"If something happens today, do you want to us to resuscitate?"
That was the question posed to almost a dozen World War II veterans as they boarded a cargo plane to revisit the black-sand beaches where they had landed under fire from Japanese forces 65 years ago.
University of Richmond Chancellor E. Bruce Heilman sat among the group of veterans as the plane left Okinawa, Japan -- the base where he had been stationed as a Marine when he was 18 years old. In three hours, they would land in Iwo Jima, Japan, where the other 10 veterans who accompanied Heilman had fought to capture the island during a 36-day battle.
Heilman, 86, is the national spokesman for The Greatest Generations Foundation, the organization that sponsored the veterans' trip to revisit the beach.
The veterans' trip to the remote, pacific island was the product of three years of planning by the foundation, an organization dedicated to honoring veterans.
On previous trips, veterans collapsed and died from the intensely emotional experience of returning to where they fought, according to a documentary about the trip by the foundation.
In the documentary, a college student looked on solemnly as Tim Davis, the head of the foundation, kneeled to ask the veteran sitting beside him whether he would like to be resuscitated if anything were to happen when they returned to the island.
"Resuscitate," the veteran said after a moment of hesitation.
The young man sitting next to the veteran nodded and his wrinkled forehead eased. He was one of the 11 student-companions from the School of the Ozarks in Point Lookout, Mo., that accompanied the veterans on the trip last March. After traveling to the islands of Okinawa and Iwo Jima, the group flew to mainland Japan to visit Hiroshima and Osaka.
The foundation invited students to accompany the veterans to promote recognition and respect for U.S. and allied war veterans and enhance their historical education -- a learning experience Heilman called "intergenerational education."
The 10 veterans who revisited Iwo Jima beside Heilman were survivors of one of the bloodiest battles in World War II.
As they walked along the island's black, volcanic sand, the veterans told the students and group of young marines about the scene they remembered, where 6,000 American troops died and 18,000 were wounded.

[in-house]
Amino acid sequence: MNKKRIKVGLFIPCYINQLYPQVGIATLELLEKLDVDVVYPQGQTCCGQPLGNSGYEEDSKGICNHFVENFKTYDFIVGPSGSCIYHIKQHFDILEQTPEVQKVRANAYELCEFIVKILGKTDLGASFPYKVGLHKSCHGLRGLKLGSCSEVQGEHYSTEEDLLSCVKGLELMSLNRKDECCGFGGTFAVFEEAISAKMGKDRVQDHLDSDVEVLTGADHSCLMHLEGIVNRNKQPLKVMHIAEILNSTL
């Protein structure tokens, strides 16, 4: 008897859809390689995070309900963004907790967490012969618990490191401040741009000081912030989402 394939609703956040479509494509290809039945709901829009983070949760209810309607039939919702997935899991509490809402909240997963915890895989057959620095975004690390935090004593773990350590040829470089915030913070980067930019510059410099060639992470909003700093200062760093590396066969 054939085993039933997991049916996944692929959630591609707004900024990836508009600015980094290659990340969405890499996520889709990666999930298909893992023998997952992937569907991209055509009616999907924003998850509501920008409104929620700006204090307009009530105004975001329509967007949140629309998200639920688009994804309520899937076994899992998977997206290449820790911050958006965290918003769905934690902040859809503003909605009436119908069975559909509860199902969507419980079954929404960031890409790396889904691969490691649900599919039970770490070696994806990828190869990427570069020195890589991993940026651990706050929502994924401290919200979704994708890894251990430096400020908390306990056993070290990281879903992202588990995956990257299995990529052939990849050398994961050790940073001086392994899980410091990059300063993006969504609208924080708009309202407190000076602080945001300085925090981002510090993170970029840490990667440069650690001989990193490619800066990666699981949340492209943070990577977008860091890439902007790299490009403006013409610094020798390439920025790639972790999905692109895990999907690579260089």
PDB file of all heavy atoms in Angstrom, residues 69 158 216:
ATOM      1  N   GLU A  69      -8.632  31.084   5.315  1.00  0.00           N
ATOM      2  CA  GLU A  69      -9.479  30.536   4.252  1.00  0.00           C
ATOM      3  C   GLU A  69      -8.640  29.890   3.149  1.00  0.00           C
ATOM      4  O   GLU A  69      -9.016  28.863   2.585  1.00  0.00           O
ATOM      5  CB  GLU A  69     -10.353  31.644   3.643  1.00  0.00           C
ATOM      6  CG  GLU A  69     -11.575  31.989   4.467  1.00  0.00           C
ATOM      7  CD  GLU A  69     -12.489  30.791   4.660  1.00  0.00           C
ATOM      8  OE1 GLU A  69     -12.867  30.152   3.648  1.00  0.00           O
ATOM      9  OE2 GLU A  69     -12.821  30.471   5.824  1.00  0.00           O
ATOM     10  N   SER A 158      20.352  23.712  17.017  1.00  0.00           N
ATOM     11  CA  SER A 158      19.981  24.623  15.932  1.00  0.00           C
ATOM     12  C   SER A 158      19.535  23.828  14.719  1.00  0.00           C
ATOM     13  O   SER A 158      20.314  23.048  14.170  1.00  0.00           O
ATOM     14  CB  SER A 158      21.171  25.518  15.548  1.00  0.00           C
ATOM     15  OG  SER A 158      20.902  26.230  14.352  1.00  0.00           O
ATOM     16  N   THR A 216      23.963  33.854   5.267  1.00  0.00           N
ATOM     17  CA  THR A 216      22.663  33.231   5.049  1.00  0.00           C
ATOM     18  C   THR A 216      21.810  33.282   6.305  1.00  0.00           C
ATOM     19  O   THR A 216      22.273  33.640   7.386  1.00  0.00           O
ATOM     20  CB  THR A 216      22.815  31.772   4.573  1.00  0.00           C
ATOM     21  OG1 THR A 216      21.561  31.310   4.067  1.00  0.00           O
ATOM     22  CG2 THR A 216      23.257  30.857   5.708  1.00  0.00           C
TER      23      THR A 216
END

Enjoy what you're reading?
Signup for our newsletter
"As I watched these men bow their heads, I realized that specific faces and names were running through their minds, faces and names that were real people to them," said Rebecca Wright, a student from the School of the Ozarks. "Real buddies, real friends.
"Nothing in a history book can fully communicate the sense of loss that I am sure each of these men were feeling."
The group traveled to the summit of Mount Suribachi, where the famous picture of American troops raising the flag was taken after they defeated Japanese troops .
The photograph -- the most widely distributed in military history -- represented a pivotal time in the war, boosting morale on the island and back home.
"I want to tell their stories," Tim Davis, head of the foundation, said in an interview with HistoryNet.com. "We feel that going back, seeing what they actually fought for, meeting the new generation of the people they liberated is closure for these veterans."
Unlike the ten others, Heilman did not land on the beaches of Iwo Jima -- at the time he was still completing training for the Battle of Okinawa. But, like the others, he wore a hat that said "Iwo Jima Survivor" because of what he calls a "quirk of circumstances."
After the battle, Heilman survived a plane crash on the shores of Iwo Jima when he was an air crewman on a transport plane carrying a load of intelligence officers to the island.
Heilman, who was named national spokesman in July, will help to promote the organization at a pivotal time.
The foundation will select 30 colleges and universities, plus military academies, to invite to participate in its student-veteran companion program, Heilman said.
Heilman said the organization had not made plans to partner with Richmond, but that Richmond had not been ruled out and its renowned international center positioned the university as an excellent candidate for the program.
The foundation also plans to purchase a $16.5 million chateau in Normandy, France, that will serve as a permanent educational facility for remaining and future generations of veterans.
The name of the foundation originated from the expression coined by Tom Brokaw, "The Greatest Generation," to describe the generation who grew up during the Depression and went on to fight in World War II. But, the title of the organization pluralized Brokaw's expression because it honors and supports generations of veterans beyond World War II, as well.
Contact staff writer Kristy Burkhardt at firstname.lastname@example.org
Support independent student media
You can make a tax-deductible donation by clicking the button below, which takes you to our secure PayPal account. The page is set up to receive contributions in whatever amount you designate. We look forward to using the money we raise to further our mission of providing honest and accurate information to students, faculty, staff, alumni and others in the general public.Donate Now